Tuesday, May 28, 2013

Matilda by Roald Dahl

Rating: 5 out of 5 stars
240 pages

Roald Dahl's classic children's novel about an extraordinary five-year old named Matilda Wormwood is humorous and witty while tackling serious issues such as child abuse and neglect. The book opens with the narrator's funny remarks of parents thinking their children are bright when they are not. This leads to the eponymous character Matilda and how her parents ignore her completely despite her genius level intellect.

Matilda's neglect by her crooked car salesman father and her vacuous mother enables her to walk to the library alone and borrow books on a regular basis. She reads all the children's book and numerous adult classics from authors such as Charles Dickens, John Steinback, and Rupyard Kipling before enrolling in school. Matilda is so angry with her parent's treatment of her that she plays cruel pranks on her father to get back at him.
When Matilda goes to Crumchem school she meets her lovely teacher Miss Honey and amazes her with her brilliance. Miss Honey attempt to tells the school's headmistress Miss Trunchbull that Matilda needs to be skipped to the top grade, Miss Trunchbull objects. Miss Trunchbull is a gigantic tyrant who has physically and verbally abused many of the students at her school, but no one reports her behavior out of fear. Over the course of the novel Miss Trunchbull throws a student over the school fence by her pigtails, holds a student in the air by their ears, forces a student to eat an entire large chocolate cake alone, and even threw a student out the window.
Though Miss Trunchball has a fearsome reputation and violent disposition, many students defy her by playing tricks on her, including Matilda's friend and classmate Lavender. Lavender puts a newt in Miss Trunchbull's water jug during her weekly visit to Miss Honey's class. When the newt is discovered Miss Trunchbull blames Matilda. Matilda becomes so enraged by the accusation she unleashes an eye power that causes her to tip over the cup with the newt in it. The newt lands on Miss Trunchbull and she screams. Miss Trunchbull yells that Matilda did it, but Miss Honey defends her by saying she never left her seat. After class is dismissed Matilda shows Miss Honey that she can move things with her eyes. Miss Honey is confounded and invites Matilda home to have tea.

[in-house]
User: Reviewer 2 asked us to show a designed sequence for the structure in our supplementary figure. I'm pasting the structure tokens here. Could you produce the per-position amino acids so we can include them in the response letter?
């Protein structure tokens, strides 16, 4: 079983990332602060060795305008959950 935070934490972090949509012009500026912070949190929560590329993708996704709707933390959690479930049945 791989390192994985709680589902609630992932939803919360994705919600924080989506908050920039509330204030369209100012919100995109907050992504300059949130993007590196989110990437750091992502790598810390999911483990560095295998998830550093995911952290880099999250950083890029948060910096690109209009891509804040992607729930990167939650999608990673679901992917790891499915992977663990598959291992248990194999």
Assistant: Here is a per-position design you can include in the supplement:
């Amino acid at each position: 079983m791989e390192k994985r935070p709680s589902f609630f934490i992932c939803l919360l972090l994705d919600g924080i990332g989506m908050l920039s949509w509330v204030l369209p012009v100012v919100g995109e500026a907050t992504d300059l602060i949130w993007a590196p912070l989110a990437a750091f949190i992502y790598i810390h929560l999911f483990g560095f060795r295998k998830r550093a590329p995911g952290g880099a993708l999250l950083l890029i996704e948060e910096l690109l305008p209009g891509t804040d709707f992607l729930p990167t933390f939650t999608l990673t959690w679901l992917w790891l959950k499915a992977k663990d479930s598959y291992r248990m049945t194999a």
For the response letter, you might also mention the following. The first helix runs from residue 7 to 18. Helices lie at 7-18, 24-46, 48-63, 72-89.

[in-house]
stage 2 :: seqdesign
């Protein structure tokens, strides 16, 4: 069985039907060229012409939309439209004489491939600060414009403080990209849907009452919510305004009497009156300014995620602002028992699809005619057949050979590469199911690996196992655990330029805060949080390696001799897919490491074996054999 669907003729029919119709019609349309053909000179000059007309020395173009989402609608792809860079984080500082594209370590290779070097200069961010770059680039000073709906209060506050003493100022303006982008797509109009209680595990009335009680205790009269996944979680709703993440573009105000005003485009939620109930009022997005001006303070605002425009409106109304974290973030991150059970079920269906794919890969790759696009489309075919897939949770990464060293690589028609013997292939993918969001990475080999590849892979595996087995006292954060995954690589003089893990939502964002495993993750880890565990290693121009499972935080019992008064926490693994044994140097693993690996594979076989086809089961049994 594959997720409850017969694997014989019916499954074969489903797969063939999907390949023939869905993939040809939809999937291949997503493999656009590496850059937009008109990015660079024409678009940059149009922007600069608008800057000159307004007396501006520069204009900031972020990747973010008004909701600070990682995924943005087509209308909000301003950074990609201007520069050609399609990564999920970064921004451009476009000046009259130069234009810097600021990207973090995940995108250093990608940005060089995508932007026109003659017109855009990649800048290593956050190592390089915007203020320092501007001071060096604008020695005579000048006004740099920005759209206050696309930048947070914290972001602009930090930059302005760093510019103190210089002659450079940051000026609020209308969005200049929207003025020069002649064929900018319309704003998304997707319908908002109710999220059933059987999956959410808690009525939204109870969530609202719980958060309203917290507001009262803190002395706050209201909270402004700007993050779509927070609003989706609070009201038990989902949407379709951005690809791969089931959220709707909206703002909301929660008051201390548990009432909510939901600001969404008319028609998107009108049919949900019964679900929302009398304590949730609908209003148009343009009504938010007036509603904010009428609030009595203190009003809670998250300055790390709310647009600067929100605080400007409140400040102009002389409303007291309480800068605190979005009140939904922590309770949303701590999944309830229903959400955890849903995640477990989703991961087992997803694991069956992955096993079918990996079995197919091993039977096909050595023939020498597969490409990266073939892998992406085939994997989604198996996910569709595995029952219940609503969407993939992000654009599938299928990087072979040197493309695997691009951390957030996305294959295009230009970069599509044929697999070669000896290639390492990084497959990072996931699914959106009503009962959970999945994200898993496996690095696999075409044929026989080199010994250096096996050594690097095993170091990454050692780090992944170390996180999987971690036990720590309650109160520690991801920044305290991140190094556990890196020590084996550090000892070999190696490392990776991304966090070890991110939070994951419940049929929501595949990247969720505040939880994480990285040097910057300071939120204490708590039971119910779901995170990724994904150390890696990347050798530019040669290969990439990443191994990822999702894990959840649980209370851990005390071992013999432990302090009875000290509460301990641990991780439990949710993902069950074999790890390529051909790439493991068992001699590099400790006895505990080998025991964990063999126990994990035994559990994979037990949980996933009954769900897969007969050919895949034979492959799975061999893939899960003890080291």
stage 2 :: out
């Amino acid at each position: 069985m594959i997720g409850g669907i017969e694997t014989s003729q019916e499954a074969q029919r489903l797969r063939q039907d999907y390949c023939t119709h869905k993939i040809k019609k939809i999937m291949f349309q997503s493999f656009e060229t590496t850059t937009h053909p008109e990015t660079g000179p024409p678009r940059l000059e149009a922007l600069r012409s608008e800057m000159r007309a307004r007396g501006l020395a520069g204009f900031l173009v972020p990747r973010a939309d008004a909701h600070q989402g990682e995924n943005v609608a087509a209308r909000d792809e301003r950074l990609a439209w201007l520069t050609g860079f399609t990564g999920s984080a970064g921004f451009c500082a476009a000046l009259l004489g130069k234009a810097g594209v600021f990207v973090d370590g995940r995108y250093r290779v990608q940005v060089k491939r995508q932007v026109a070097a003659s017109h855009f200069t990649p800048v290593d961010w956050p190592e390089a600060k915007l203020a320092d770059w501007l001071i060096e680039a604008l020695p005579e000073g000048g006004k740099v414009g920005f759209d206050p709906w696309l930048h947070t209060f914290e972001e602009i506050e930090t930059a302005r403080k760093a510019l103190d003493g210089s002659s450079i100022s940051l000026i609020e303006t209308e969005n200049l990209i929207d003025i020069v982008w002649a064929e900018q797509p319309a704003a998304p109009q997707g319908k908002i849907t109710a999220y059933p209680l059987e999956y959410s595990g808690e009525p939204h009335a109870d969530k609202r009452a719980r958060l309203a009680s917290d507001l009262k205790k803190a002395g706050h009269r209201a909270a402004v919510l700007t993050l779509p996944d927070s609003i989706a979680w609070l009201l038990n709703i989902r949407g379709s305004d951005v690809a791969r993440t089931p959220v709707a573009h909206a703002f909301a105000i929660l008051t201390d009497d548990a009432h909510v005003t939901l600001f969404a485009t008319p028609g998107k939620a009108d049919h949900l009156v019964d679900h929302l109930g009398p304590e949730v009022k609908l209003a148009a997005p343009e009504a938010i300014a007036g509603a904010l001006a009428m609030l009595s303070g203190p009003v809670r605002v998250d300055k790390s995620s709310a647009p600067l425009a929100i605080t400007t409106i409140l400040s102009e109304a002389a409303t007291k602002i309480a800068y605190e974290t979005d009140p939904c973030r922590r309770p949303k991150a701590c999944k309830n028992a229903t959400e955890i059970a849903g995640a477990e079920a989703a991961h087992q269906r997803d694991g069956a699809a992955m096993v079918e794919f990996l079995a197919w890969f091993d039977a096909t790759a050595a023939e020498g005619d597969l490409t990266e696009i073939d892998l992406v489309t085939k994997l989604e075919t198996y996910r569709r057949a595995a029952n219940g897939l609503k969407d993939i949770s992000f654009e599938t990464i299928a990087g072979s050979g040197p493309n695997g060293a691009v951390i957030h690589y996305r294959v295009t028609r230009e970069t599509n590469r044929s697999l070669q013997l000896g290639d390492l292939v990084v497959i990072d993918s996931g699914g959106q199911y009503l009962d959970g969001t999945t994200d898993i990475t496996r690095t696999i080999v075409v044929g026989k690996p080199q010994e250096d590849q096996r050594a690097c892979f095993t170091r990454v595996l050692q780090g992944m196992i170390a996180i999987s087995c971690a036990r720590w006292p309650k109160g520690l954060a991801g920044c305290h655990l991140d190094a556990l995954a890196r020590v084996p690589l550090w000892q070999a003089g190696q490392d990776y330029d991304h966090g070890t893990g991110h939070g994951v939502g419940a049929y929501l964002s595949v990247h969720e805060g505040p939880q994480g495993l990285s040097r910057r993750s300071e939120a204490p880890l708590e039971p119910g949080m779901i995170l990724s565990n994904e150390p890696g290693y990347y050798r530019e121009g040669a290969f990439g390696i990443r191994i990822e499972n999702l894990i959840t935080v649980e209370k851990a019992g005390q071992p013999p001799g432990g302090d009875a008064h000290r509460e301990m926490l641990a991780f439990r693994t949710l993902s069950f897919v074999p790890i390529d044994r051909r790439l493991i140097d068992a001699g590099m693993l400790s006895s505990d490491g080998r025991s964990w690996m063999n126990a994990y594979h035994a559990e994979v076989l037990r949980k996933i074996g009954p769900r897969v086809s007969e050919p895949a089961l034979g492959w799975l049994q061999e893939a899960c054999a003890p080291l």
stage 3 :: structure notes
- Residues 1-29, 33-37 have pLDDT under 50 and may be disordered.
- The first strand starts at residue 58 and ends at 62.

When they arrive at Miss Honey's cottage Matilda is shocked to learn that Miss Honey lives in impoverished conditions and questions why. Miss Honey tells the story of her childhood and her escape from a wicked aunt who probably killed Miss Honey's father and stole her inheritance, along with usurping her teacher's salary as punishment for leaving the aunt. Matilda thinks Miss Honey is a hero for making her own life despite having nothing. Then Matilda finds out Miss Honey's aunt is Miss Trunchbull and decides she must take action using her power. She asks Miss Honey what her father's name is, her aunt's name is and what her father called her and goes home.
Over the next few days Matilda practices lifting and moving one of her father's cigar to accomplish her plot against Miss Trunchbull. By the following week during Miss Trunchbull's class visit Matilda seizes the opportunity to strike as Miss Trunchbull is dangling a boy upside down by the legs. A student named Nigel yells to everyone that the chalk is moving on it's own. The chalk writes a message for Agatha from Magnus about his Jenny getting her house and her wages back. Miss Trunchbull faints at the end of the message. After she is carried away to the sick room by five teachers. She disappears from town and never returns.